In a January 7, 2008, memo, Mike Lockhart, who retired from the U.S. Fish and Wildlife Service in frustration after 32 years - including the past eight years as the leader of the black-footed ferret recovery program - strongly criticized the agency's leadership for making back-room deals with the state of South Dakota and U.S. Forest Service that undermined the black-footed ferret recovery program by allowing poisoning of prairie dogs. Black-footed ferrets depend on prairie dog colonies for survival; prairie dogs are their primary prey, and prairie dog burrows are used as shelter and dens.
The National Council for Science and the Environment (NCSE) will present a Lifetime Achievement Award to Dr. Robert W. Corell, Global Change Program Director at The H. John Heinz III Center for Science, Economics and the Environment, and Senior Policy Fellow of the American Meteorological Society, on Thursday, January 17, 2008 in Washington, D.C. Given for a lifetime of leadership and achievement in advancing environmental science and its use in decision-making, the award will be presented during NCSE's 8th national conference, Climate Change: Science and Solutions, at a special ceremony at 5:30 p.m., at the Ronald Reagan Building and International Trade Center.
The deadline for nomination forms for the 2008 National Wetlands Awards Program has been extended by 15 days. The National Wetlands Awards Program honors individuals who have demonstrated extraordinary commitment to the conservation and restoration of our nation's wetlands. All submissions for the 2008 Awards program must be received by January 31, 2008.
The Rwandan government, Great Ape Trust of Iowa and Earthpark have announced that the Gishwati Forest Reserve is the future site of the Rwanda National Conservation Park, setting into motion one of Africa's most ambitious forest restoration and ecological research efforts ever. The selection of Gishwati as the location for Rwanda's first national conservation park comes less than three months after the project was unveiled at the Clinton Global Initiative by Rwanda President H.E. Paul Kagame and Ted Townsend, founder of Great Ape Trust and Earthpark.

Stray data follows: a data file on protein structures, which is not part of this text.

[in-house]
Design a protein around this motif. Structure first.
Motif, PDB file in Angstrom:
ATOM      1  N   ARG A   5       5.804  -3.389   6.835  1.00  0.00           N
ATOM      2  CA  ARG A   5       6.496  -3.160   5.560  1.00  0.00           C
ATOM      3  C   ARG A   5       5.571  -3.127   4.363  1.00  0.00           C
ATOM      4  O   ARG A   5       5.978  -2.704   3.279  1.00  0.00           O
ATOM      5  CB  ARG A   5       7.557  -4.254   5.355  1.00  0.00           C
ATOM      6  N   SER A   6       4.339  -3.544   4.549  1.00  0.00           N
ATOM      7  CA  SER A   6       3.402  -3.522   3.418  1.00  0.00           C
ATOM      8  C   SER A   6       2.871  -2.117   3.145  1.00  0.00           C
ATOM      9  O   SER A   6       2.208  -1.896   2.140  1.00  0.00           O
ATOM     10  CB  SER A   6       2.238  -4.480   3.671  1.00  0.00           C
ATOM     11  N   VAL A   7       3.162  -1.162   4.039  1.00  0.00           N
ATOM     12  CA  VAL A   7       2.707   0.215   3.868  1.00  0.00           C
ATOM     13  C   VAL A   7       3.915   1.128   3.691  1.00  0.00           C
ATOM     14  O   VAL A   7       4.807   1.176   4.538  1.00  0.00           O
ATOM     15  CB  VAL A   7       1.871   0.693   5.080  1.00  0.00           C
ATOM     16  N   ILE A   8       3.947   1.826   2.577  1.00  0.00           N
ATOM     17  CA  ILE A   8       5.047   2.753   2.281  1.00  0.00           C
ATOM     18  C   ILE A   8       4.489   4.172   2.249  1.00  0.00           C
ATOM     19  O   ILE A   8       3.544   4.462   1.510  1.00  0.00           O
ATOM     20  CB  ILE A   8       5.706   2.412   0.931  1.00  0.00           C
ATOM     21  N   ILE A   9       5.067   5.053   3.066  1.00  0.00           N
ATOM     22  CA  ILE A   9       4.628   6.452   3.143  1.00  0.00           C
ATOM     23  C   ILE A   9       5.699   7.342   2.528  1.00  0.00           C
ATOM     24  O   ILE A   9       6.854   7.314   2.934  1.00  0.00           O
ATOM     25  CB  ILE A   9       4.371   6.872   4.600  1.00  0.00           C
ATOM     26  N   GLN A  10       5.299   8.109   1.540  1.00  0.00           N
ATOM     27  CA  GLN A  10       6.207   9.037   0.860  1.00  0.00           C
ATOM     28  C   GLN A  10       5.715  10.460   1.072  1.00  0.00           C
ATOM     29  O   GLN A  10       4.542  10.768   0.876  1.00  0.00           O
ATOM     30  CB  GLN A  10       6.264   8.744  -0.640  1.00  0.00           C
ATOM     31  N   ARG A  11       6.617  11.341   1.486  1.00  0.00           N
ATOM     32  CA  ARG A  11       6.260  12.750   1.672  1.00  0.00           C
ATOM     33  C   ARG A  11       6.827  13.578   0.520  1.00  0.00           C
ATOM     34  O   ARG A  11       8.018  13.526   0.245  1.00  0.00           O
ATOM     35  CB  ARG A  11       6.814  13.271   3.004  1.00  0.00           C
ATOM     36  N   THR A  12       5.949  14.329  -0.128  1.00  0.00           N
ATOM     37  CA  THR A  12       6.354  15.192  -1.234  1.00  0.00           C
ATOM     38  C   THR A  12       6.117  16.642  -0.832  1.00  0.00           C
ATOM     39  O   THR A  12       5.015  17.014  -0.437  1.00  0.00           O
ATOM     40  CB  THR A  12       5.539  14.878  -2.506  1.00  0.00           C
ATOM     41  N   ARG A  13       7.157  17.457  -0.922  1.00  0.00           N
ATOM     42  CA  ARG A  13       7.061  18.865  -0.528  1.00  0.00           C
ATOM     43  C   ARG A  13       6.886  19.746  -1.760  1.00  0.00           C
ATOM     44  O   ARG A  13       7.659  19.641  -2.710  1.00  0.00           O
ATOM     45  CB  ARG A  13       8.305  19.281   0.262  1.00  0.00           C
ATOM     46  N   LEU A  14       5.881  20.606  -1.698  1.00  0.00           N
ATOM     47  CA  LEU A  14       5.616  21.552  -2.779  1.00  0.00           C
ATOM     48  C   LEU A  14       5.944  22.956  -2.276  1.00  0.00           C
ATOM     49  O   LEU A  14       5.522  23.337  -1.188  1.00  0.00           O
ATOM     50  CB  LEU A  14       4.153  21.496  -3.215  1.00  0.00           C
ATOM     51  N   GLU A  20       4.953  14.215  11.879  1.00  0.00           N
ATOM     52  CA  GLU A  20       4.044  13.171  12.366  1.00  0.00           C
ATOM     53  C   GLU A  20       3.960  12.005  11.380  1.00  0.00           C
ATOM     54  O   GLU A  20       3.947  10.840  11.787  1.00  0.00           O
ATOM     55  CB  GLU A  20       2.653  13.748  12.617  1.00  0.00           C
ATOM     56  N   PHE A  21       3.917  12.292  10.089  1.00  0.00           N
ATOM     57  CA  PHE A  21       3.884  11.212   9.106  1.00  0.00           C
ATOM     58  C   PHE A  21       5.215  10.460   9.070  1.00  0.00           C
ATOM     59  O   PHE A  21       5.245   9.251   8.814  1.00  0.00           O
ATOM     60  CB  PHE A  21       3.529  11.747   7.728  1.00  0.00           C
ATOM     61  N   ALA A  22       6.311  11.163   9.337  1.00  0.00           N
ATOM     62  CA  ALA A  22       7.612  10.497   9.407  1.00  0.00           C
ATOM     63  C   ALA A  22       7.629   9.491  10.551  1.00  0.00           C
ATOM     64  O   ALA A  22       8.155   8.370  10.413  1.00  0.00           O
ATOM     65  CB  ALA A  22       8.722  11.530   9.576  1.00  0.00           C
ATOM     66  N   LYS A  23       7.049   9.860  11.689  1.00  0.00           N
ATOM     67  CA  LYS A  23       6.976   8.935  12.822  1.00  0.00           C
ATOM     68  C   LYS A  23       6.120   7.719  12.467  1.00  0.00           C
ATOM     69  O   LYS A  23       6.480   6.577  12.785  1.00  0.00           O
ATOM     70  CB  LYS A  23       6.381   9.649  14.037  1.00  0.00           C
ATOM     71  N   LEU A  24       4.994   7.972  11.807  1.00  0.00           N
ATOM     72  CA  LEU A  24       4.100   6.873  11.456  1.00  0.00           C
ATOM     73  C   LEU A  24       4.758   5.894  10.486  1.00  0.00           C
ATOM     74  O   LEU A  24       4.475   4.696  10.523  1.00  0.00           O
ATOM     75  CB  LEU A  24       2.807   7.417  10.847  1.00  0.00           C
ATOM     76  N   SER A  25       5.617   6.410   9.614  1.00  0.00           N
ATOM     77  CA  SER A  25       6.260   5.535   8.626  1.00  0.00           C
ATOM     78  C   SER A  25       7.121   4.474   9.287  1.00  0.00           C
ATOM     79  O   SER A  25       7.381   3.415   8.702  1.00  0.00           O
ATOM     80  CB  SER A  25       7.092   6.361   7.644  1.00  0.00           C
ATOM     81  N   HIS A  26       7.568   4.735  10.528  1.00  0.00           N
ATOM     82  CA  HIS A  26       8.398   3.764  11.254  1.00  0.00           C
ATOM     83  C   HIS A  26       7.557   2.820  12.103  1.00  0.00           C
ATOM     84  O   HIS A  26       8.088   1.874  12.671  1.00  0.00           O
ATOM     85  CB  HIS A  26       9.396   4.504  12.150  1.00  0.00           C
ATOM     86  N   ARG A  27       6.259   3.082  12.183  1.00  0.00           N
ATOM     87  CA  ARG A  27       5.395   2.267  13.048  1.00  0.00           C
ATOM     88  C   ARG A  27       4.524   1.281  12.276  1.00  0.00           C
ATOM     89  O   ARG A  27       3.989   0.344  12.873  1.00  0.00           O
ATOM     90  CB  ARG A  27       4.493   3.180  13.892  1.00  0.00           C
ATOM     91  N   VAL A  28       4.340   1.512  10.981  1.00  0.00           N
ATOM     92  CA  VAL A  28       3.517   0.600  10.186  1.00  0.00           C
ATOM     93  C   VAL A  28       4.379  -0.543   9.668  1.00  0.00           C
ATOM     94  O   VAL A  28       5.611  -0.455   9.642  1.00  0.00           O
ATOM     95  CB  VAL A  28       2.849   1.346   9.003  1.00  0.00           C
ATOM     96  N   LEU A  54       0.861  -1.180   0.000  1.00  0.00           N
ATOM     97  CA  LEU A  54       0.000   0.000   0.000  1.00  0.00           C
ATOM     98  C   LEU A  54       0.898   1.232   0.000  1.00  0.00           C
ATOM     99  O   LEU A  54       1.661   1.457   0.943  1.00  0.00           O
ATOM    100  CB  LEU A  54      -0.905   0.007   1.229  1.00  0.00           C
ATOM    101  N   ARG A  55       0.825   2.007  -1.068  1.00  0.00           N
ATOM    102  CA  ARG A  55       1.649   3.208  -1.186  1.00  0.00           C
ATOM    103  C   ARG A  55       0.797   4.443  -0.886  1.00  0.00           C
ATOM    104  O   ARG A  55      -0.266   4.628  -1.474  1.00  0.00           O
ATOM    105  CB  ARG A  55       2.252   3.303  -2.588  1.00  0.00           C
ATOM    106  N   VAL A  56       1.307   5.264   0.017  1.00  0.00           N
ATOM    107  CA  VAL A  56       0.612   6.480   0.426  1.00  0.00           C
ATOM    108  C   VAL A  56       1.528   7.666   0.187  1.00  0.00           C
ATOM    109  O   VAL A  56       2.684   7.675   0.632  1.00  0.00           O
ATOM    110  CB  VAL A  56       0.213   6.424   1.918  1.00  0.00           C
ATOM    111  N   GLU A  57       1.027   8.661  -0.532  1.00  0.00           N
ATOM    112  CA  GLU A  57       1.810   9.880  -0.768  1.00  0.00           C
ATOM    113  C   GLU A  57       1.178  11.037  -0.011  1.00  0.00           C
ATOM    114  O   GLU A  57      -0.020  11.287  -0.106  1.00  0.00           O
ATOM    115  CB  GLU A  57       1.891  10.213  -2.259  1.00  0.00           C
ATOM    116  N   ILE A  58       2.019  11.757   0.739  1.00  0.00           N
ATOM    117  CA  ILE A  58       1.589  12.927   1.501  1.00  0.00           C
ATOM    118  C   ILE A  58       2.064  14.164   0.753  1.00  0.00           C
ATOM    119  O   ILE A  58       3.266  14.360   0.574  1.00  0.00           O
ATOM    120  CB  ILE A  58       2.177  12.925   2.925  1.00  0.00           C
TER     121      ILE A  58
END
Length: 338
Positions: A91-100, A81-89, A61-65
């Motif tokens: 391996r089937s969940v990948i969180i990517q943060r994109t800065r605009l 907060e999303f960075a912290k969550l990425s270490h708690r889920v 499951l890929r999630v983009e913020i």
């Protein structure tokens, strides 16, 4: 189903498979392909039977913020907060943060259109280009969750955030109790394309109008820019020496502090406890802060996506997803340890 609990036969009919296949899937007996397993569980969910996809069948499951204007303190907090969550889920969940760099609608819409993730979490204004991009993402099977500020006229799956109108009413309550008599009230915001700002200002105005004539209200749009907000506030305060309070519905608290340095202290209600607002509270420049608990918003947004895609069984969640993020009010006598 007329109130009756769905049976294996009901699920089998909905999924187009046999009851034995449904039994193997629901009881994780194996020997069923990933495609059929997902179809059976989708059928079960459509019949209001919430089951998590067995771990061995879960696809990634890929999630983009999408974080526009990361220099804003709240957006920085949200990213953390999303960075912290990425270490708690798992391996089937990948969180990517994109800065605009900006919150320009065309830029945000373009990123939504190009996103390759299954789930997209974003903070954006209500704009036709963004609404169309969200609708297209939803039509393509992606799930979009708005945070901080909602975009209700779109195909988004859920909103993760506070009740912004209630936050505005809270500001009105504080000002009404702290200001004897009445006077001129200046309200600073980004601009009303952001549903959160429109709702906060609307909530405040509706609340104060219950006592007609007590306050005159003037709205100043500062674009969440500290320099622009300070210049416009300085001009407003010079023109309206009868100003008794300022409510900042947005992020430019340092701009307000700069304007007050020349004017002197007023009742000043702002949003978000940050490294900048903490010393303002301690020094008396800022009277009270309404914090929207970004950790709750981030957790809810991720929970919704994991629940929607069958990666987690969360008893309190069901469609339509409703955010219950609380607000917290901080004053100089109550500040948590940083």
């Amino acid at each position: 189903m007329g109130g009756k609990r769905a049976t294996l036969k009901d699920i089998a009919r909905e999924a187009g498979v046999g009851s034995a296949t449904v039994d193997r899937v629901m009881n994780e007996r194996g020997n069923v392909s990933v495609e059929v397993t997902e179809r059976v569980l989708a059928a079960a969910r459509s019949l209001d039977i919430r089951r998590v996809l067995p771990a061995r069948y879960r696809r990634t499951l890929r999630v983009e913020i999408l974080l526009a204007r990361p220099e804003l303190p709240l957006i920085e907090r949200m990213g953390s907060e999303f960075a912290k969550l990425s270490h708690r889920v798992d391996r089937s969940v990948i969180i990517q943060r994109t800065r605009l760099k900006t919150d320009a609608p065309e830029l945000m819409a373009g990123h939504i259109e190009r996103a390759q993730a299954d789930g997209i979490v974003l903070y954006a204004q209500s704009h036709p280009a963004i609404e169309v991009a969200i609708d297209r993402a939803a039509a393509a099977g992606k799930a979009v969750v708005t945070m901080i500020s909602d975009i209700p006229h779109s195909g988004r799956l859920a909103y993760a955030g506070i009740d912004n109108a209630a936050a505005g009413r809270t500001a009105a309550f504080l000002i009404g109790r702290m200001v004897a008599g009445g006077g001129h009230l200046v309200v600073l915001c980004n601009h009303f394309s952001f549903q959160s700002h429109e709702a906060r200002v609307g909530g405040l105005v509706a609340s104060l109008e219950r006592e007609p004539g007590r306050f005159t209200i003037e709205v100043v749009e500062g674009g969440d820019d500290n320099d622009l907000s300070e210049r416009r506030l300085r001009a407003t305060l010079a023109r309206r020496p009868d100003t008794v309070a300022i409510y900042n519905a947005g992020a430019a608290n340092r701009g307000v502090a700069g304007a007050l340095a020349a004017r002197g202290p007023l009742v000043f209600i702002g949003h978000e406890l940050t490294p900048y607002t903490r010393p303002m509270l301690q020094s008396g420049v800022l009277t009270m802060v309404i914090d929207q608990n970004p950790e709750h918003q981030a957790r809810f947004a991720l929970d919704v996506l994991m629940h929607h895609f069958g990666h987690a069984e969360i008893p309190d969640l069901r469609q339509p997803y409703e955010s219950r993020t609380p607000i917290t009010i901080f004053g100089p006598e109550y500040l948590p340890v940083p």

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The International Fund of Animal Welfare (IFAW) held a landmark "Lobster Gear Summit" today in conjunction with the Atlantic Offshore Lobstermen's Association (AOLA), connecting regional lobstermen groups with fishing gear manufacturers, federal and state fisheries officials and rope-recycling specialists for a day of information sharing, fact-gathering and strategic planning. The meeting was held in order to discuss what is needed for industry-wide compliance toward recent equipment mandates issued by the National Marine Fisheries Service (NMFS).
A report by the National Roundtable on the Environment and the Economy (NRTEE), states Canada can achieve greenhouse gas reduction targets of 20 percent by 2020 and 65 percent by 2050 by implementing a clear, consistent and certain emission price signal across the Canadian economy as soon as possible. The report, Getting to 2050: Canada's Transition to a Low-emission Future, argues the immediate introduction of market-based policy in the form of an emission tax or a cap-and-trade system or a combination of the two is economically feasible and quite likely only way of achieving the government's stated emission reduction targets.
The federal government Friday proposed protecting the black abalone as "endangered" under the Endangered Species Act. The action comes in response to a formal administrative petition filed by the Center for Biological Diversity in December 2006 that sought protection of the species. The black abalone, an intertidal mollusk historically ranging from near the California-Oregon border to Cape San Lucas, Baja California, has declined by as much as 99 percent in most of its range.
On the 17th January the World Land Trust and their Patron, Sir David Attenborough, will launch Webcam in the Forest at the Linnaean Society of London, as part of its ongoing program of showing to the world at large, conservation in action.
"With the record for 2007 now complete, it is clear that temperatures around the world are continuing their upward climb", writes Frances Moore in a recent Earth Policy Institute release, "2007 Second Warmest Year on Record". "The global average in 2007 was 14.73 degrees Celsius (58.5 degrees Fahrenheit)-the second warmest year on record, only 0.03 degrees Celsius behind the 2005 maximum. Looking at the northern hemisphere alone, 2007 temperatures averaged 15.04 degrees Celsius (59.1 degrees Fahrenheit)-easily the hottest year in the northern half of the globe since the record began in 1880."